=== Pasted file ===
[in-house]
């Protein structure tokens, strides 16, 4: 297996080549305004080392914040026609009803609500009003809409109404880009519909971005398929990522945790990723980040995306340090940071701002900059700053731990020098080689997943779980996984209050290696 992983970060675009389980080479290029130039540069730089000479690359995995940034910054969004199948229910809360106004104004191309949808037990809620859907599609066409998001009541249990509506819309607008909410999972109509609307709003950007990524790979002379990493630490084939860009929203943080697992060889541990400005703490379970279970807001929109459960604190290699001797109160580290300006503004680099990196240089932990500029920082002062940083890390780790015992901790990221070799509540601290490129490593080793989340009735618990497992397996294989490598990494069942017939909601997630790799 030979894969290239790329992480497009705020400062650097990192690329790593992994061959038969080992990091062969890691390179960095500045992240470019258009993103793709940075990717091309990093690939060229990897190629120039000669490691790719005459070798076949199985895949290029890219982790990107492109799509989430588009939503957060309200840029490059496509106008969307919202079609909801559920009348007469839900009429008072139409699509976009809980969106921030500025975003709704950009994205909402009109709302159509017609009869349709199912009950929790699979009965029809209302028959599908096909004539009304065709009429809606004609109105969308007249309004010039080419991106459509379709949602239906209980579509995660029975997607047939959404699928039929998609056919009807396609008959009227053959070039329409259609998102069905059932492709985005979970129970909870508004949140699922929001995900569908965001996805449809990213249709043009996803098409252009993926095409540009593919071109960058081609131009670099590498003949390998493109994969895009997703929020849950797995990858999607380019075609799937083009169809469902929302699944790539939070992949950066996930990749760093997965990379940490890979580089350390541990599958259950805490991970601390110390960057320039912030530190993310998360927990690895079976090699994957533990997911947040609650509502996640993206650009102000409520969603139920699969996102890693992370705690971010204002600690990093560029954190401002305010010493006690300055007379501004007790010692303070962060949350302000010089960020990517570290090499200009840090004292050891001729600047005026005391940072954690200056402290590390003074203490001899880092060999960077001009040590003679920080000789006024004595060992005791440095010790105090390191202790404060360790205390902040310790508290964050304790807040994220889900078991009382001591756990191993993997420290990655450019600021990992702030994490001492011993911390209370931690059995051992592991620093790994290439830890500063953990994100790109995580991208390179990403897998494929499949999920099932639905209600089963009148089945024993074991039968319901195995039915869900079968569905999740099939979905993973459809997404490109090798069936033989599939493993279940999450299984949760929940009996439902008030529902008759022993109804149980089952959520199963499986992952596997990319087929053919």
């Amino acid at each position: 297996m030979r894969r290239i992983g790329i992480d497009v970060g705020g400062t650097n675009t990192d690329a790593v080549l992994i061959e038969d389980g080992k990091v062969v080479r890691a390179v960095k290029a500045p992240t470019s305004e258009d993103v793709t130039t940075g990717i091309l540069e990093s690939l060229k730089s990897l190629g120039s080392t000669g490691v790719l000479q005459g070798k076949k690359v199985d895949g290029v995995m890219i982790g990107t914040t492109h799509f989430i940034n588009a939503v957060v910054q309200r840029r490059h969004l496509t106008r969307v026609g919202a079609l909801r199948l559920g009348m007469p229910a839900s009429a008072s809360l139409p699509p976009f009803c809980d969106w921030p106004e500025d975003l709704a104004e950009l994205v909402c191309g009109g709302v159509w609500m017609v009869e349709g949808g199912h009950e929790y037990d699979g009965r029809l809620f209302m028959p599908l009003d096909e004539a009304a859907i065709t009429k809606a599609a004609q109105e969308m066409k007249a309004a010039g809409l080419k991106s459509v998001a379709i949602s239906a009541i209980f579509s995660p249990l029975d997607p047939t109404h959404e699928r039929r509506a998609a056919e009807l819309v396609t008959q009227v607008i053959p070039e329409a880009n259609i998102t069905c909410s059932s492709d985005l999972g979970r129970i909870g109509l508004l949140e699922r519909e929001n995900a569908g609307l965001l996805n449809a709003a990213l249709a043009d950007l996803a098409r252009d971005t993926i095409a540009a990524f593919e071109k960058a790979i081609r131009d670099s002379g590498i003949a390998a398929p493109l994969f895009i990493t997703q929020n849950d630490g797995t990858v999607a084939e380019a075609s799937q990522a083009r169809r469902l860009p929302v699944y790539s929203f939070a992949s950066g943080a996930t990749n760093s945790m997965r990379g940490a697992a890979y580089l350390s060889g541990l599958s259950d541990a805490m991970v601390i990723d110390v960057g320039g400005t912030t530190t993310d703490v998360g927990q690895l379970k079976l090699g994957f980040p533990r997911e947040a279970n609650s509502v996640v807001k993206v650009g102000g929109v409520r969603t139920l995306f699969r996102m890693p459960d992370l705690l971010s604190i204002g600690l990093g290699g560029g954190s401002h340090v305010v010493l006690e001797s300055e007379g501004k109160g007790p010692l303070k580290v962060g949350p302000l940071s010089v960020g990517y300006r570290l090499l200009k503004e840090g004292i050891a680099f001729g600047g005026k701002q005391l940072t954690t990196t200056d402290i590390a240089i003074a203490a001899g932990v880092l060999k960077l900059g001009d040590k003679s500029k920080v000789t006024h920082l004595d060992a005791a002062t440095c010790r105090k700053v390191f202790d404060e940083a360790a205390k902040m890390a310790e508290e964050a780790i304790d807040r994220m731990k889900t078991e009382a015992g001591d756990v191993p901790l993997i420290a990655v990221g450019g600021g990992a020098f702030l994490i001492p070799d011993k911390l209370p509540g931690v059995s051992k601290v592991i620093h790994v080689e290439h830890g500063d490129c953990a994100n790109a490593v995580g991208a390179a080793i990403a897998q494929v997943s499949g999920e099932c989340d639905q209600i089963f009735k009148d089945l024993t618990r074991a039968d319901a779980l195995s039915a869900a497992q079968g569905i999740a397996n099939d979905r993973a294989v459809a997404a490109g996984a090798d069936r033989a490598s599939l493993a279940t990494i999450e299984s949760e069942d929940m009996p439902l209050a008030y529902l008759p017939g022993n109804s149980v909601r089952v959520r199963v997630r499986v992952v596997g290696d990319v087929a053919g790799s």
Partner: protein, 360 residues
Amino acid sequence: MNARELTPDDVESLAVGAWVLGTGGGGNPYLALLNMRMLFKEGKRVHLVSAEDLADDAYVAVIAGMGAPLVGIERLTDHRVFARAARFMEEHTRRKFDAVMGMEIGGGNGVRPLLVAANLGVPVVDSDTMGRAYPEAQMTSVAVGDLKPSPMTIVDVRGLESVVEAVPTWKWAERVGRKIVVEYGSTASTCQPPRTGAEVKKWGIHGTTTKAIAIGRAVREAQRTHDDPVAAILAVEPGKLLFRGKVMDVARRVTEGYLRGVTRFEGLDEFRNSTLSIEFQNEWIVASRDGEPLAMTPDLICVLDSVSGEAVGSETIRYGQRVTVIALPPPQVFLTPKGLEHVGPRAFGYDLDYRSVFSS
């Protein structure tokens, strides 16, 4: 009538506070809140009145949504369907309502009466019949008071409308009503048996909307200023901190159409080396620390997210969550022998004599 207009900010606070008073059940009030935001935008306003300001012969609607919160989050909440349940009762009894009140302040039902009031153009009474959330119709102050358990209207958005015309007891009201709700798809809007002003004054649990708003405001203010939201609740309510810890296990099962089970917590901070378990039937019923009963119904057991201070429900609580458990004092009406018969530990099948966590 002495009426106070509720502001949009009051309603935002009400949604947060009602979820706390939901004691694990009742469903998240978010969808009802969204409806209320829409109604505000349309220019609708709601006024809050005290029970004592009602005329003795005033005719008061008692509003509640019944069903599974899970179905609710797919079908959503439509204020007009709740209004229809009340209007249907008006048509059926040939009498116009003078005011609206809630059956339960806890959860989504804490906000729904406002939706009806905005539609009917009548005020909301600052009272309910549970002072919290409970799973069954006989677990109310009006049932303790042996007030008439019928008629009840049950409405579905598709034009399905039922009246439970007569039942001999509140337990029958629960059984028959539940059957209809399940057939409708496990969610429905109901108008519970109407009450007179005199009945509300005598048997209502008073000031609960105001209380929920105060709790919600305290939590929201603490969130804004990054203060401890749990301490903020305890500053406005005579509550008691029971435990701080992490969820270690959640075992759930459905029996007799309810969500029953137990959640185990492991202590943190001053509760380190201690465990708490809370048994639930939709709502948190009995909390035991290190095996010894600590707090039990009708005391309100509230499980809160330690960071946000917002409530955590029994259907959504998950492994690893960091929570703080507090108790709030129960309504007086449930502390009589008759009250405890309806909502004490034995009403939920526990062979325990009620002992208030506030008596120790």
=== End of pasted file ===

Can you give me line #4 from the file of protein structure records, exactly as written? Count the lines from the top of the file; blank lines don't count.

Partner: protein, 360 residues